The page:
It can be transmitted by insects. Insects can pick up TMV off of weeds and infected plants and spread it to your plants.  This is one reason to keep your garden free of weeds and keep the surrounding area free from weeds. The further the areas around your garden that you ca keep free from weeds the better. And the more proactive on insects the better.

People spread the virus. The virus is very stable, and just brushing up against a plant can spread the disease.  Or you will touch one plant then another and spread the disease like wildfire. Believe me, I have seen it happen.  You must be careful to remove plants that have the disease immediately and destroy them by bagging them and placing them in the garbage. TMV can persist in temperatures over 300 degrees F.  This means that your compost is not hot enough to destroy the disease.

The plants will rub on each other  and spread the disease.  This is why it is important to remove any plant that looks like it has mosaic symptoms from the very first sign, or it will spread fast. This disease is very stable and spreads very fast. It is also suggested that you remove plants on either side of the TMV infected plant.  The reason for this is that the TMV infected plant was rubbing up against the plants right next to it and insects can hop or fly right next to the next plant. Usually the plants adjacent to the infected plants will become infected if they have been touching. Remember how stable this virus is.  Stick to the old adage, better safe than sorry.

Birds, squirrels and other mammals can spread TMV as well.

TMV is so stable that it will stay on surfaces such as benches, door handles and tools.  Sanitation is very important.

Control

1. Rogueing – Tag em and bag em. You need to inspect your garden or field on a routine basis. At least every 3 days.  I have seen a mosaic go through a field of gardens and in a matter of 4 days go from a 40% crop loss to a 70% crop loss. This happened all because the people did not remove the infected plants as soon as they became infected. The minute you see a mosaic pattern, rip it out and throw it in the trash. If it is CMV, TMV, or any other mosaic, there is no cure and they all spread.  The problem with TMV is it stays in the soil for at least 2 years. Why take chances?  It is not worth it.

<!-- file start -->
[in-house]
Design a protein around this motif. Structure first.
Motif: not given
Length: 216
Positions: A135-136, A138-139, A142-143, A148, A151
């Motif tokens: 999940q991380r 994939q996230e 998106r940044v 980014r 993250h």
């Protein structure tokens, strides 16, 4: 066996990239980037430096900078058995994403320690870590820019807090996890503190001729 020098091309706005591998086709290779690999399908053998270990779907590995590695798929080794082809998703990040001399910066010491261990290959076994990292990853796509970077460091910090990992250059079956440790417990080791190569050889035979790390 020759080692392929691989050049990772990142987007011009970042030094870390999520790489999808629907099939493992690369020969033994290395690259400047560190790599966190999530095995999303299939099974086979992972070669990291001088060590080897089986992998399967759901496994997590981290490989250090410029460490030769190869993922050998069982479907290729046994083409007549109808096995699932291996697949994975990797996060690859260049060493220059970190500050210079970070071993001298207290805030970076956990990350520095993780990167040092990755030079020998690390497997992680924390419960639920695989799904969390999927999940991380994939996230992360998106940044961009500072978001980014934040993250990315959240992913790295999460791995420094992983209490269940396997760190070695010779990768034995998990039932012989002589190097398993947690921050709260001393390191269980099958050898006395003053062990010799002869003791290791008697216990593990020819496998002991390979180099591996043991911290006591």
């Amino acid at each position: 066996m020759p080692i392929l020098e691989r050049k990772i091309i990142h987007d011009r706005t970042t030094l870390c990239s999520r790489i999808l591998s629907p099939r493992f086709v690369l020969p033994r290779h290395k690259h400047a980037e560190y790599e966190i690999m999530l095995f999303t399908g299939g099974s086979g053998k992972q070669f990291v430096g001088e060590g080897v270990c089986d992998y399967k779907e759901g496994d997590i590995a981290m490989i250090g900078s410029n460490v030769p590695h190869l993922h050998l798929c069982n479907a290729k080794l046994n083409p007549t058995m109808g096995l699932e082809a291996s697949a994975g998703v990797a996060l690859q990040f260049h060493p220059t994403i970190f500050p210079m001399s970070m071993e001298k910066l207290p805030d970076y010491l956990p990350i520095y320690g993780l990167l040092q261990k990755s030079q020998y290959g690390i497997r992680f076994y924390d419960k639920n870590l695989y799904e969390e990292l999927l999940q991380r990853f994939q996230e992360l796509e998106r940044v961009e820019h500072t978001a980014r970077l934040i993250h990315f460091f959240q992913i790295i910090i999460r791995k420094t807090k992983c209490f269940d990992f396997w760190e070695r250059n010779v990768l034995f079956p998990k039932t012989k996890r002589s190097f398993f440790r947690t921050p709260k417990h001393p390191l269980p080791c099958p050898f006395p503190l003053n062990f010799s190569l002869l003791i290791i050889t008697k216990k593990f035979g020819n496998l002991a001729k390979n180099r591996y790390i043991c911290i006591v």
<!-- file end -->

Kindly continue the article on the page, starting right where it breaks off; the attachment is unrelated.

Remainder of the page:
2.  Certified Seed Lets start with the seed. Make sure that it is certified so that it is not infected with the TMV.

3.  Treat Certified Transplants First make sure your transplants are from a certified reputable source. If you are putting nightshade  transplants in you may want to dip them first in skim milk.  Use 1/8 pound of skim milk per 2.5 gallons of water.  Spray the plants to be translated to the point of dripping do this from 1 to 24 hours before planting.  Dip hands in milk every 5 minutes while planting the transplants.  The coat protein of the virus reacts with the protein in skim milk deactivating the TMV.  This will not stop the disease, just protect the plants you are putting in.

4.  Rotate Crops – You want to be careful that no nightshade family is in the same place for two years in a row. 

5. Practice Good Sanitation – Clean tools after using them, wash hands frequently in the garden.  Clean up debris in the garden and plow it under so that it can break down in the soil and not harbor insects. 

6. Keep Insects at Bay – Insects are vectors for diseases.  The way to help keep your garden disease free is to get rid of insects.  Make sure to keep the insect population down.  Plant a beneficial border,and interplant flowers.

7. Keep Garden Weed Free – Many weeds are hosts for viruses.  The insects will feed in the weeds that have a virus and then take a bite from your well taken care of garden plant and transmit the virus.  Keep out the weeds from inside and surrounding areas of your garden to fight off diseases.

If I Have TMV What Now?    

1.  Rip out all plants showing signs of TMV. Throw diseased plants in the trash. Compost is not hot enough to kill the disease.  TMV has been shown to survive in temps of 300 degrees F. Daily or every 3 days inspect the fields for more plants showing signs.  They will still keep coming for a while. After removing the plants wash your hand with soap and water and wash your clothes and shoes in hot soap and water.